Sunday 24 December 2017

Ten Years as a Singaporean Cabby

Today, I'm precisely 70 years old.

For the past several weeks, the thought of writing a recollection of my 70 years of somewhat eventful life has kept surfacing in my mind. I hesitated for the reason that I had not been accustomed to sharing my personal life in publication, albeit what was previously written in this blog.

At present, my memory is surprisingly good and dependable but a sudden change is always possible. Therefore, in this blog post, I shall only summarize veraciously my fond memories of my life as a cabby in the last 10 years and will make no effort in fine writing but endeavour to state facts of my taxi driver's life in such a way as to make them as interesting, intelligible and anecdotal as possible.

Today is also the day I had to surrender my TVDL (Taxi Vocational Driving License) to LTA as I would surely fail my compulsory medical test at Tan Tock Seng Hospital due to acute Glaucoma.

I'm now partially blind and is legally unfit to drive a cab although our LTA permits a taxi driver to continue driving till the age of 75 subject to passing a yearly medical test from 73 at Government Hospital.

The medical test fee is $200 but the actual test is extremely stringent, involving a thorough medical examination and a dexterity driving test. I decided to skip the test as I know I would surely fail the visual acuity test. My fate is sealed.

Now, what I write in these pages are not my autobiography but rather my enduring recollections, knowledge and experiences as a cabby and my impressions of men and women as I know them as passengers in my cab.

For a starter, I clearly recalled my needless fear on my first day as a cabby. My apprehension was not not knowing my routes but rather I was worried that I might pick up a friend or ex-colleague as my passenger. Then, I was bashful to be a taxi driver and had kept my new job a secret. Before becoming a taxi driver, I was an executive with a spacious office of my own but by a twist of fate, I got cooped up in a tiny confine of a driver's seat as a taxi driver.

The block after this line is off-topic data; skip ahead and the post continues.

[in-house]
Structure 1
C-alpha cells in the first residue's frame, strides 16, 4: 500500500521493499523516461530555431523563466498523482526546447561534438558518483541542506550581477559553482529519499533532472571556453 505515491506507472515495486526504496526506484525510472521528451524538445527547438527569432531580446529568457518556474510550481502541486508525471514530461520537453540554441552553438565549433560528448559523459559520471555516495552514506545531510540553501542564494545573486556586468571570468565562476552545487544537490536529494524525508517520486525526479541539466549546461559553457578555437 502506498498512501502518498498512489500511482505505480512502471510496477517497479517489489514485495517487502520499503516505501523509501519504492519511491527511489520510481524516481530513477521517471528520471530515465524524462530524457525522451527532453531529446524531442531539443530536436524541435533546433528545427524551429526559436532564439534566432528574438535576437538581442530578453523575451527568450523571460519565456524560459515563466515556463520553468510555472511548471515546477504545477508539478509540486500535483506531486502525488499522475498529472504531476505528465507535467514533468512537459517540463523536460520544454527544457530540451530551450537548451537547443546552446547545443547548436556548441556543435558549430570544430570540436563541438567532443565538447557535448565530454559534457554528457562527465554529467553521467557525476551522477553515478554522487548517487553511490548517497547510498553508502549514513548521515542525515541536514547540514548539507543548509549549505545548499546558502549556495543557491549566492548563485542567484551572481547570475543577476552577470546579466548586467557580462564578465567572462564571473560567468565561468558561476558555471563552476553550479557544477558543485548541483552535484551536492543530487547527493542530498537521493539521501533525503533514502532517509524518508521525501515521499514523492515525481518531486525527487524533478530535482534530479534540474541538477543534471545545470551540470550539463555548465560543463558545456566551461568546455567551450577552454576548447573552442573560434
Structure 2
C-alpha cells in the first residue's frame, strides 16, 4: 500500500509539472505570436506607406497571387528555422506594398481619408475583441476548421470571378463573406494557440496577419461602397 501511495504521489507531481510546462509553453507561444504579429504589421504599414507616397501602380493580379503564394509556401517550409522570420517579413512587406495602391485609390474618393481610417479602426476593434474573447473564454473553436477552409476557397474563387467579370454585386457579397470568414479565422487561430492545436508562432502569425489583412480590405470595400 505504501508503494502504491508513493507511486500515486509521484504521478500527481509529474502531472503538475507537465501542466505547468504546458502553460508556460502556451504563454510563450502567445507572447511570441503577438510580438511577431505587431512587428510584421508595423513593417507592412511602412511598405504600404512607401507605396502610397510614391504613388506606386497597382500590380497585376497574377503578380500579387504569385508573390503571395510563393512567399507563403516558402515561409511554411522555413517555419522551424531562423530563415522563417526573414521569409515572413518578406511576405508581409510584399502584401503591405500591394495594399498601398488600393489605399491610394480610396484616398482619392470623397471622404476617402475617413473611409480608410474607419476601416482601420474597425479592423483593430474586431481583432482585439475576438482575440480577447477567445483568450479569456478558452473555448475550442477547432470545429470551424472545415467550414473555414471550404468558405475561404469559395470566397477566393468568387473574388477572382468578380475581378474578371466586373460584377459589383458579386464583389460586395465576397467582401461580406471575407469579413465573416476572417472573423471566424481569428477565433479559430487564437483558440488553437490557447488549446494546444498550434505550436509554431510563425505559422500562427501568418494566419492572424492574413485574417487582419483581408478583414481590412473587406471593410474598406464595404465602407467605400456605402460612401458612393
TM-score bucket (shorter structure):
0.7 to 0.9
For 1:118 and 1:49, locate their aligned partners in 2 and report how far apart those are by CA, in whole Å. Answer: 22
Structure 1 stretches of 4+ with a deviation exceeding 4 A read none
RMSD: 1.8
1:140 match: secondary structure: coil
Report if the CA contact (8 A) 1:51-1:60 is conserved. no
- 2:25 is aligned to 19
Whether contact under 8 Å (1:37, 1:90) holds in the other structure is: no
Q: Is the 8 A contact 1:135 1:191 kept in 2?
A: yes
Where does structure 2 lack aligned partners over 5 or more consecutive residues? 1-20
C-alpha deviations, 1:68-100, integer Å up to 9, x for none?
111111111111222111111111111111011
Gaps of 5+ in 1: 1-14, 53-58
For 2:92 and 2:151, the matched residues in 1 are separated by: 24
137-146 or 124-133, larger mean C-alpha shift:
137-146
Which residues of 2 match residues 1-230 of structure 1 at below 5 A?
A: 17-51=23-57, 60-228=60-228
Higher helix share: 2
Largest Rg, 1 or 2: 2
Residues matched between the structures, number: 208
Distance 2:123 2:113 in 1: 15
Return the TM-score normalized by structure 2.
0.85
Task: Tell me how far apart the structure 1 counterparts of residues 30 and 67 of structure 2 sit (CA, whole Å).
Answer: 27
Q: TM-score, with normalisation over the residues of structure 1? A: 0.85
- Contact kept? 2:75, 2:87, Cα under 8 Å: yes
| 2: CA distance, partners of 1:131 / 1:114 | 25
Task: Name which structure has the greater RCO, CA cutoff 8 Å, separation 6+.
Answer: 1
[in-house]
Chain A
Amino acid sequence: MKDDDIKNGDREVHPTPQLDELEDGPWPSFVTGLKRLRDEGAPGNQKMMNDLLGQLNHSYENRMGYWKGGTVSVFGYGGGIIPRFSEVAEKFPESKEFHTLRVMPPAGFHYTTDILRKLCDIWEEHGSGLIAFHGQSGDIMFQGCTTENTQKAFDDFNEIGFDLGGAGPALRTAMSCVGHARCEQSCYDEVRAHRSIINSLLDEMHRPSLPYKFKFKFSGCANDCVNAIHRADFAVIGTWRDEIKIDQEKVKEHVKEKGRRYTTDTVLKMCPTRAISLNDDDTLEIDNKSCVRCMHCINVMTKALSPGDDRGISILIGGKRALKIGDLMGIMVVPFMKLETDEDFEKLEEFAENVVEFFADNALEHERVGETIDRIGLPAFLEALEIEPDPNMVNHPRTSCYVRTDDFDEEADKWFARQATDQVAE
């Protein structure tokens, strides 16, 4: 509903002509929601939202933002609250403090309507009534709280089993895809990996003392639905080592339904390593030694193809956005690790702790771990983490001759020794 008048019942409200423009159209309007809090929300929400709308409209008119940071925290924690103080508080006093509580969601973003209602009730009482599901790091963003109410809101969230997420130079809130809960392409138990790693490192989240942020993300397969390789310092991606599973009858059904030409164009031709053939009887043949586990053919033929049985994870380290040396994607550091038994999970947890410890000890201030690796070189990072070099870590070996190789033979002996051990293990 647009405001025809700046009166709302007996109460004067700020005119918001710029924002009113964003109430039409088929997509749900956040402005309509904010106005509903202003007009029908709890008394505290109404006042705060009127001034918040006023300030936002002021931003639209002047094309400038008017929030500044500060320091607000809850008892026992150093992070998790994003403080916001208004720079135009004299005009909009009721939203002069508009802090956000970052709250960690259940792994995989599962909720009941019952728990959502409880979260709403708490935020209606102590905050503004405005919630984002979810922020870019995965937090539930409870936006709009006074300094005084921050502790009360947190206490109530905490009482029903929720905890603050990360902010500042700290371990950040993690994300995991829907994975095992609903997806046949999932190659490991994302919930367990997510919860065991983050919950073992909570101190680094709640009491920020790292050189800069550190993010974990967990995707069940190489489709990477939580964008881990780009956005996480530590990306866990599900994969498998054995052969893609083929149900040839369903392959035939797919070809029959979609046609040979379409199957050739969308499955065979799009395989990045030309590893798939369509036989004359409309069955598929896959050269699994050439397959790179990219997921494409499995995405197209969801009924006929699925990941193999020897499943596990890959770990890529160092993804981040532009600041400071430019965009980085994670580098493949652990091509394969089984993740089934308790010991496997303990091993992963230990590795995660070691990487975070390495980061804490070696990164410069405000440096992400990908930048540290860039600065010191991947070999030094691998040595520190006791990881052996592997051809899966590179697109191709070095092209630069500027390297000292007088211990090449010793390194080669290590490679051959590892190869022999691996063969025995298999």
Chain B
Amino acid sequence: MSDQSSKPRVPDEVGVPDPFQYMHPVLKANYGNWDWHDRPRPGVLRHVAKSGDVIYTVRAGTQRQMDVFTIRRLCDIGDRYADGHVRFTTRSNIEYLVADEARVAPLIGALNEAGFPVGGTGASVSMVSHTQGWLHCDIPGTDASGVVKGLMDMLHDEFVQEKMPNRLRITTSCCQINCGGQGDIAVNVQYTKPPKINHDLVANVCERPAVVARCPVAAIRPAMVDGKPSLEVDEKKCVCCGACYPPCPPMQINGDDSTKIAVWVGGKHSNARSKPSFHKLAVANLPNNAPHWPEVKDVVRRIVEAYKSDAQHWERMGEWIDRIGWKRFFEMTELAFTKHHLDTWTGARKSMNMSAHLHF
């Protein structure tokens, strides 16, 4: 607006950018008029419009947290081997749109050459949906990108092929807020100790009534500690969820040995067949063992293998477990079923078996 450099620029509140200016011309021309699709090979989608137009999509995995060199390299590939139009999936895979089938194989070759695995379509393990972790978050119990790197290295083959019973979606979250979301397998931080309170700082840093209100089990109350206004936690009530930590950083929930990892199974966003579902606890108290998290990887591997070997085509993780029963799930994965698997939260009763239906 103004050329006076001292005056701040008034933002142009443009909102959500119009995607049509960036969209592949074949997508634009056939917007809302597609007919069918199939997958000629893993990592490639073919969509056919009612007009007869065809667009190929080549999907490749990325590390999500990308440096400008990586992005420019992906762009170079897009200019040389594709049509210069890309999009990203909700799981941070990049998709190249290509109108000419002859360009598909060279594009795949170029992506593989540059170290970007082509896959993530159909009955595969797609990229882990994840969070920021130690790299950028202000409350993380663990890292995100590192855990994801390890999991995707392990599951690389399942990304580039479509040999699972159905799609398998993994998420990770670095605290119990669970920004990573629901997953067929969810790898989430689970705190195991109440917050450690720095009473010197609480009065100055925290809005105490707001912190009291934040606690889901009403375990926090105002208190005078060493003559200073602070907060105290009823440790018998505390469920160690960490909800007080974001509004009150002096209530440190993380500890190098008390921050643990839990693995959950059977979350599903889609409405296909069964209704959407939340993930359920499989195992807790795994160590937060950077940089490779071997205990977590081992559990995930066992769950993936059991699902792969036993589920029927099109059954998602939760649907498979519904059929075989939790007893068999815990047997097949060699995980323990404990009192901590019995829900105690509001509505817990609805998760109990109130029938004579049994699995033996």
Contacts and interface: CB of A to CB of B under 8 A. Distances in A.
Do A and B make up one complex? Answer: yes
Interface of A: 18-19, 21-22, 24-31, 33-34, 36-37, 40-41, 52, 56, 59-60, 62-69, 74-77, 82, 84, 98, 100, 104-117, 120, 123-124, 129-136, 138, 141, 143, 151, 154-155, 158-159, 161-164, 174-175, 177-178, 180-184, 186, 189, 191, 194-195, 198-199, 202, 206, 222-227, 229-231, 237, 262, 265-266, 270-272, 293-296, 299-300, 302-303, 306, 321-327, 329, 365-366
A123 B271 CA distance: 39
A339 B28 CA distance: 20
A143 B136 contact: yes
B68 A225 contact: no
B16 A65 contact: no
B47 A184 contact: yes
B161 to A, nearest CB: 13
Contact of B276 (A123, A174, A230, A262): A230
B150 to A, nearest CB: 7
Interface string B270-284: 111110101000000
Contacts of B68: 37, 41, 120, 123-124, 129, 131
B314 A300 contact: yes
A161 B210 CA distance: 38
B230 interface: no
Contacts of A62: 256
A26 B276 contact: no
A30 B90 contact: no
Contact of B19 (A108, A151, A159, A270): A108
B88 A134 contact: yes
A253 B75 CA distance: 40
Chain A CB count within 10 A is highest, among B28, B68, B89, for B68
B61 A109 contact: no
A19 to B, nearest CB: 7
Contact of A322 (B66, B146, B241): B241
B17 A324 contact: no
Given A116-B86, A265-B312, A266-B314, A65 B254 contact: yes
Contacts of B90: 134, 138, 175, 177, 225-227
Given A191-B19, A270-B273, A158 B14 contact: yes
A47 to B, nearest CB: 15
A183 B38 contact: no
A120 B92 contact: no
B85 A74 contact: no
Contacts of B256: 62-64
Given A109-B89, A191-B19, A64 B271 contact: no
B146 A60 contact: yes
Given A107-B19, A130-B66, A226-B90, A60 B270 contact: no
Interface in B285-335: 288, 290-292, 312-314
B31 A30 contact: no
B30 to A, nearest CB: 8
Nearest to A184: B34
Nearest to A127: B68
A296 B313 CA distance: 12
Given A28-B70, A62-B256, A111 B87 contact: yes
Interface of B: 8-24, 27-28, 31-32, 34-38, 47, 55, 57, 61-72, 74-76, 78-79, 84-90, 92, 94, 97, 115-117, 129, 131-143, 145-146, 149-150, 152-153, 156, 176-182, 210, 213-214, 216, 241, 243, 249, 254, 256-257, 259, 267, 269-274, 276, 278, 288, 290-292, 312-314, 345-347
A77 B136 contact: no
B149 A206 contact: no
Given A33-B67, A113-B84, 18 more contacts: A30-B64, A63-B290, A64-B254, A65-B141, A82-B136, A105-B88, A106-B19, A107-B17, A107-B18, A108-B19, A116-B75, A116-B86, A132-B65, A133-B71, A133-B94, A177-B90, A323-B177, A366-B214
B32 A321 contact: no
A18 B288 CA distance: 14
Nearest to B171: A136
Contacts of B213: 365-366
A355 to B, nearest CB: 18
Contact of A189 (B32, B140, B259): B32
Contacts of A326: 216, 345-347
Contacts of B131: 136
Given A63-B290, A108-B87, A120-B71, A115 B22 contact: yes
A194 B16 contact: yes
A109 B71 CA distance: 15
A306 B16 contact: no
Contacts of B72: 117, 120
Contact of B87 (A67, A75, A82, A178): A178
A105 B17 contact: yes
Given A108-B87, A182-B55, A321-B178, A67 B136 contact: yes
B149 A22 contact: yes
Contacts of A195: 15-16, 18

Only my immediate family members knew my downward career switch and they gave me encouraging words to give it a try. With their support and encouragement, my transition to my new job was made much easier. I quickly came to term with my new circumstances and crushed my ego. I also took comfort in the pleasing fact that I was placing decent meals on the table for my family although as an unglamorous cabby.

In the beginning, I kept reminding myself with false pride that my job as a taxi driver would probably be temporary one as I continued to hurt for a more “respectable” career. But with God’s grace, it turned out to be otherwise a decade-long job and I've no regret whatsover.

Initially, I started driving with Comfort for a year as a hirer, sharing my taxi with about four relief drivers. None of my relief drivers stayed with me for more than three months due to various reasons. As a hirer and rookie, the stress and pressure of having to pay a daily rental of $110 was nerve cracking and always put me on an edge.

In total, I spent six years driving in the night shift and four years in the day. In my day shift, my first passenger was always my wife whom I send to work for free, which was the least I could do for her. 

After I fulfilled my first contractual year as a hirer with Comfort, I swiftly switched to become a relief driver. It was a wise move for driving then became less stressful and profitable. I never return to be a hirer again.

I drove for almost all the taxi operators in Singapore like Comfort, Transcab, Silver Cab and SMRT except PrimeTaxi. My last “taxi” was a rented private hired car with Grab. I’ll elaborate on the current taxi market and my driving experience with Uber and Grab at the end of this blog post.